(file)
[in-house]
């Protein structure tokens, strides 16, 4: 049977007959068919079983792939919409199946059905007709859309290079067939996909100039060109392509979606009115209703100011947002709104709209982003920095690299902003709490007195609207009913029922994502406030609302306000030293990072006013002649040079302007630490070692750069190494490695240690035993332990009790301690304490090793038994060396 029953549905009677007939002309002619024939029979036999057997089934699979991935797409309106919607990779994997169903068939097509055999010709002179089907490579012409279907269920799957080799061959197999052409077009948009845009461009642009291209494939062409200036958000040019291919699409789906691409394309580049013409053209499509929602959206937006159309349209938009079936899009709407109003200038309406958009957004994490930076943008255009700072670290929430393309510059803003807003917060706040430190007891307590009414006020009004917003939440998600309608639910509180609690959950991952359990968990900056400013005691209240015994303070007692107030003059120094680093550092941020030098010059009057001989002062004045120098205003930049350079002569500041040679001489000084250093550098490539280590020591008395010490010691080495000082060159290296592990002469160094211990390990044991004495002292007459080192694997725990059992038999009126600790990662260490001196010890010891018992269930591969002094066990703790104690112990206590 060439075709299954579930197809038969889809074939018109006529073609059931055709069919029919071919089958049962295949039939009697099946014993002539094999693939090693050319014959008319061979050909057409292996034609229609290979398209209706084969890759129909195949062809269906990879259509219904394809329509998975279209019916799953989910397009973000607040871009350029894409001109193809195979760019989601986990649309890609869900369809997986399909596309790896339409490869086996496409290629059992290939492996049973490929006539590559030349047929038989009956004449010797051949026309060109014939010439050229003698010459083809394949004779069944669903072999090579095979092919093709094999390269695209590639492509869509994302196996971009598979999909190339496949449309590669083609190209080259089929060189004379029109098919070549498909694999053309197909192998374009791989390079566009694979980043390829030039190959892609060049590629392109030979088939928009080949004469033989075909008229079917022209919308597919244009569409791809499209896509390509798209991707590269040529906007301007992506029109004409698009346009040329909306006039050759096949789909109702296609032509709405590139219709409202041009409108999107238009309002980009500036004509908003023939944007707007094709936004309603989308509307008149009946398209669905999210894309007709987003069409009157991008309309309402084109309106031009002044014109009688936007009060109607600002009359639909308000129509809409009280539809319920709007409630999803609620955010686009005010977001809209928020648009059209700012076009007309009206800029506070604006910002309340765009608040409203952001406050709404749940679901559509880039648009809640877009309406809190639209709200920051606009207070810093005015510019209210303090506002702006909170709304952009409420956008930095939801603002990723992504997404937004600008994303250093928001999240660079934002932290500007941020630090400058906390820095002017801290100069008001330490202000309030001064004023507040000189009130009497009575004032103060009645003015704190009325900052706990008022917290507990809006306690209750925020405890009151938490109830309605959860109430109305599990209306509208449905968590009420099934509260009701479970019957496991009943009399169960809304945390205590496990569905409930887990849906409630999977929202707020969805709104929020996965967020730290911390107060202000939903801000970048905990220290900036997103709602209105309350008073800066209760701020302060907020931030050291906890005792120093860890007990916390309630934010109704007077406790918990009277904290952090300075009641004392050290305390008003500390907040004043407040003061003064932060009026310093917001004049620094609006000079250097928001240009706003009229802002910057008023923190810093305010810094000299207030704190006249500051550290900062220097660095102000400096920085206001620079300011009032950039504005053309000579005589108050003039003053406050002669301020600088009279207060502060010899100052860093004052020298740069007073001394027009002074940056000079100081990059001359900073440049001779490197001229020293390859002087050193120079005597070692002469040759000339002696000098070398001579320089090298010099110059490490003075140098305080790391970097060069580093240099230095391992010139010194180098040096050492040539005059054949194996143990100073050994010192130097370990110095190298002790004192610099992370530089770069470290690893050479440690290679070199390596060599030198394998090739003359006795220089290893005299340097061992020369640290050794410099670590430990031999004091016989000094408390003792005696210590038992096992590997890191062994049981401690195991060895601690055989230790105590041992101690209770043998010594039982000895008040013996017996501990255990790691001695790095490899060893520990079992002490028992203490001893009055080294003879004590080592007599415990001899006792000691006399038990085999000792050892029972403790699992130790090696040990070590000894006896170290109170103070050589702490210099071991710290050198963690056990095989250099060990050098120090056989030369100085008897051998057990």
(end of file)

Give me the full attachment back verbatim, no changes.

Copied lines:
[in-house]
């Protein structure tokens, strides 16, 4: 049977007959068919079983792939919409199946059905007709859309290079067939996909100039060109392509979606009115209703100011947002709104709209982003920095690299902003709490007195609207009913029922994502406030609302306000030293990072006013002649040079302007630490070692750069190494490695240690035993332990009790301690304490090793038994060396 029953549905009677007939002309002619024939029979036999057997089934699979991935797409309106919607990779994997169903068939097509055999010709002179089907490579012409279907269920799957080799061959197999052409077009948009845009461009642009291209494939062409200036958000040019291919699409789906691409394309580049013409053209499509929602959206937006159309349209938009079936899009709407109003200038309406958009957004994490930076943008255009700072670290929430393309510059803003807003917060706040430190007891307590009414006020009004917003939440998600309608639910509180609690959950991952359990968990900056400013005691209240015994303070007692107030003059120094680093550092941020030098010059009057001989002062004045120098205003930049350079002569500041040679001489000084250093550098490539280590020591008395010490010691080495000082060159290296592990002469160094211990390990044991004495002292007459080192694997725990059992038999009126600790990662260490001196010890010891018992269930591969002094066990703790104690112990206590 060439075709299954579930197809038969889809074939018109006529073609059931055709069919029919071919089958049962295949039939009697099946014993002539094999693939090693050319014959008319061979050909057409292996034609229609290979398209209706084969890759129909195949062809269906990879259509219904394809329509998975279209019916799953989910397009973000607040871009350029894409001109193809195979760019989601986990649309890609869900369809997986399909596309790896339409490869086996496409290629059992290939492996049973490929006539590559030349047929038989009956004449010797051949026309060109014939010439050229003698010459083809394949004779069944669903072999090579095979092919093709094999390269695209590639492509869509994302196996971009598979999909190339496949449309590669083609190209080259089929060189004379029109098919070549498909694999053309197909192998374009791989390079566009694979980043390829030039190959892609060049590629392109030979088939928009080949004469033989075909008229079917022209919308597919244009569409791809499209896509390509798209991707590269040529906007301007992506029109004409698009346009040329909306006039050759096949789909109702296609032509709405590139219709409202041009409108999107238009309002980009500036004509908003023939944007707007094709936004309603989308509307008149009946398209669905999210894309007709987003069409009157991008309309309402084109309106031009002044014109009688936007009060109607600002009359639909308000129509809409009280539809319920709007409630999803609620955010686009005010977001809209928020648009059209700012076009007309009206800029506070604006910002309340765009608040409203952001406050709404749940679901559509880039648009809640877009309406809190639209709200920051606009207070810093005015510019209210303090506002702006909170709304952009409420956008930095939801603002990723992504997404937004600008994303250093928001999240660079934002932290500007941020630090400058906390820095002017801290100069008001330490202000309030001064004023507040000189009130009497009575004032103060009645003015704190009325900052706990008022917290507990809006306690209750925020405890009151938490109830309605959860109430109305599990209306509208449905968590009420099934509260009701479970019957496991009943009399169960809304945390205590496990569905409930887990849906409630999977929202707020969805709104929020996965967020730290911390107060202000939903801000970048905990220290900036997103709602209105309350008073800066209760701020302060907020931030050291906890005792120093860890007990916390309630934010109704007077406790918990009277904290952090300075009641004392050290305390008003500390907040004043407040003061003064932060009026310093917001004049620094609006000079250097928001240009706003009229802002910057008023923190810093305010810094000299207030704190006249500051550290900062220097660095102000400096920085206001620079300011009032950039504005053309000579005589108050003039003053406050002669301020600088009279207060502060010899100052860093004052020298740069007073001394027009002074940056000079100081990059001359900073440049001779490197001229020293390859002087050193120079005597070692002469040759000339002696000098070398001579320089090298010099110059490490003075140098305080790391970097060069580093240099230095391992010139010194180098040096050492040539005059054949194996143990100073050994010192130097370990110095190298002790004192610099992370530089770069470290690893050479440690290679070199390596060599030198394998090739003359006795220089290893005299340097061992020369640290050794410099670590430990031999004091016989000094408390003792005696210590038992096992590997890191062994049981401690195991060895601690055989230790105590041992101690209770043998010594039982000895008040013996017996501990255990790691001695790095490899060893520990079992002490028992203490001893009055080294003879004590080592007599415990001899006792000691006399038990085999000792050892029972403790699992130790090696040990070590000894006896170290109170103070050589702490210099071991710290050198963690056990095989250099060990050098120090056989030369100085008897051998057990």